Sacajawea Interpretive, Cultural & Educational Center
Given that the Lewis and Clark expedition would have been far less successful, and with more tragedies, were it not for the intelligence, skills, intuition and guidance of this young Agai Dika (Lemhi Shoshone) woman, I was expecting a larger center. But then, little is really known about Sacajawea, all the books written about her are mostly speculation and interpretation of the few facts of her life. Those facts are remarkable. There is little doubt that she was an extraordinary woman. Kidnapped as a young teen-ager by an enemy tribe, later sold to a French trapper, who gets a job with the expedition, bringing along his young wife, pregnant for the first time, she later is reunited with her family when the expedition wanders into her original home territory. The meeting seems by chance, but then they were in her homeland!
She chooses to stay with the expedition, with her baby. She was likely an adventurous young woman, she convinced Clark, once they were settled for the winter in what was to become Oregon, to let her go on a trip with a few of the men to the coast to find salt. She wanted to see the ocean! There are many artists’ rendering of her, arms outstretched, walking on the beach, possibly the first of her people to do so.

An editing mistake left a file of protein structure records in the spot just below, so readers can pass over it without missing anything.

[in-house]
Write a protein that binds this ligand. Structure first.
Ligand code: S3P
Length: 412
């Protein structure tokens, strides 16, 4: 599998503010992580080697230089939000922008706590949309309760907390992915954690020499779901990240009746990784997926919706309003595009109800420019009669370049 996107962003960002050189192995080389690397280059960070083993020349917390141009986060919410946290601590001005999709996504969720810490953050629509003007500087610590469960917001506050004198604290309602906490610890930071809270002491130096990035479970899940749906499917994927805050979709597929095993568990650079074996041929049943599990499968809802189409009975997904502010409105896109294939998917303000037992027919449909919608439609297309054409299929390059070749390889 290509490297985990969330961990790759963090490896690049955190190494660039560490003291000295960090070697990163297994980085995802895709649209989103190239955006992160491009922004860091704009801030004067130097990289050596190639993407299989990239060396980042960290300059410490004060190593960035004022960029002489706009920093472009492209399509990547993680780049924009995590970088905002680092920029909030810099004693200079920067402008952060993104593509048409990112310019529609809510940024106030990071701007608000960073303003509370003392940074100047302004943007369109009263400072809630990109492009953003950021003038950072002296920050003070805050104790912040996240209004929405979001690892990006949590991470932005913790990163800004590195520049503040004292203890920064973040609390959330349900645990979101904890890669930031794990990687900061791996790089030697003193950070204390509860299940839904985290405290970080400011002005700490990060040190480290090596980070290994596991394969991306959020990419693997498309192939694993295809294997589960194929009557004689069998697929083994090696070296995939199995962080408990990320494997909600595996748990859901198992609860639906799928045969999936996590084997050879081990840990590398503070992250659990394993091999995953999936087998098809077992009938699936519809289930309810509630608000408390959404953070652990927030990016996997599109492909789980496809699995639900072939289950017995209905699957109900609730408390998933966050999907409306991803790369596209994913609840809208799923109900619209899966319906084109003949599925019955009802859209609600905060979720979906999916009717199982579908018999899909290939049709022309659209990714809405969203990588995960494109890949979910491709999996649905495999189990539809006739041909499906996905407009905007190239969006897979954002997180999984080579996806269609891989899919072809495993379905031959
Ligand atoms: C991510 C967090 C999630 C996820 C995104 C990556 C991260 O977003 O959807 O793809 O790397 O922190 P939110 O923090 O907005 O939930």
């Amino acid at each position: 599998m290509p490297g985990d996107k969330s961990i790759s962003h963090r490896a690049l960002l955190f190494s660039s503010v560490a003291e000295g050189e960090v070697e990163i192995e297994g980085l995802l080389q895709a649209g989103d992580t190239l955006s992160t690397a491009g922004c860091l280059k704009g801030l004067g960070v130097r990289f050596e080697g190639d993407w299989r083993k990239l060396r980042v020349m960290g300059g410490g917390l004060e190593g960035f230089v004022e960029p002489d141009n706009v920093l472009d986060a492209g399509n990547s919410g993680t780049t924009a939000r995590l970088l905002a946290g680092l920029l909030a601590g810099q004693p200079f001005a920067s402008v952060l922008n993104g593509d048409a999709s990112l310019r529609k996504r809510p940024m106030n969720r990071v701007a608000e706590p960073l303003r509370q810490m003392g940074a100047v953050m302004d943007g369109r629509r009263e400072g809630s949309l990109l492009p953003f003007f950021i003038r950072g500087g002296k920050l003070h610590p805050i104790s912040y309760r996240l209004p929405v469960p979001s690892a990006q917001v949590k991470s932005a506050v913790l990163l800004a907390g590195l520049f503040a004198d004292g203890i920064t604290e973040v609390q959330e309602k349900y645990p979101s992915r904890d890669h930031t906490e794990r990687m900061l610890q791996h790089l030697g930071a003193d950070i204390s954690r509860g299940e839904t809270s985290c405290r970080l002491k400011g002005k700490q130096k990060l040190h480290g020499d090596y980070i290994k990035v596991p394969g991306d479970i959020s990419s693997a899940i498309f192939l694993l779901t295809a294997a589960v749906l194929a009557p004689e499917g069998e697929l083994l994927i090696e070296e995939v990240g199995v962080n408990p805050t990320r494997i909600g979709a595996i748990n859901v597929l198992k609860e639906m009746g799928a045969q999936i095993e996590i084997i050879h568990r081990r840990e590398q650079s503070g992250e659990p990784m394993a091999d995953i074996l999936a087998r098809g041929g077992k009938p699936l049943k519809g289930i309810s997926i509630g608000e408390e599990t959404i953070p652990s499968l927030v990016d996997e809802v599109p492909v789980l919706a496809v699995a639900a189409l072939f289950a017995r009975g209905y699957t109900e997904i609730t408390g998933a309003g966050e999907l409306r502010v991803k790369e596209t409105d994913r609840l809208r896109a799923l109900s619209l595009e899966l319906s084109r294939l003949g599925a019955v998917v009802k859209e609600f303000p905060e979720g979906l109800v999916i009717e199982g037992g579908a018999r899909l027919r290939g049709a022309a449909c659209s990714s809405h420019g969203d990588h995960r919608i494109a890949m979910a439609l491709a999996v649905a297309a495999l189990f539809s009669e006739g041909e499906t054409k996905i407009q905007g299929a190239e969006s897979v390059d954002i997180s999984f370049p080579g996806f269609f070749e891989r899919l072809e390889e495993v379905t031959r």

After following the Sacajawea Scenic highway through the Bitterroot valley, we came upon the center late in day, just before closing. The woman at the front desk happily let us wander through, watch the video, and even invited Abby in. The interpretive center is situated on beautiful grounds, a 71 acre park appropriate for honoring a woman born somewhere in the surrounding lands.
I did not take a lot of photos, but wanted to share this special ‘road side attraction’, a tribute to a woman who had such an important role in the history of our country, and whose date of birth and true name is not even known.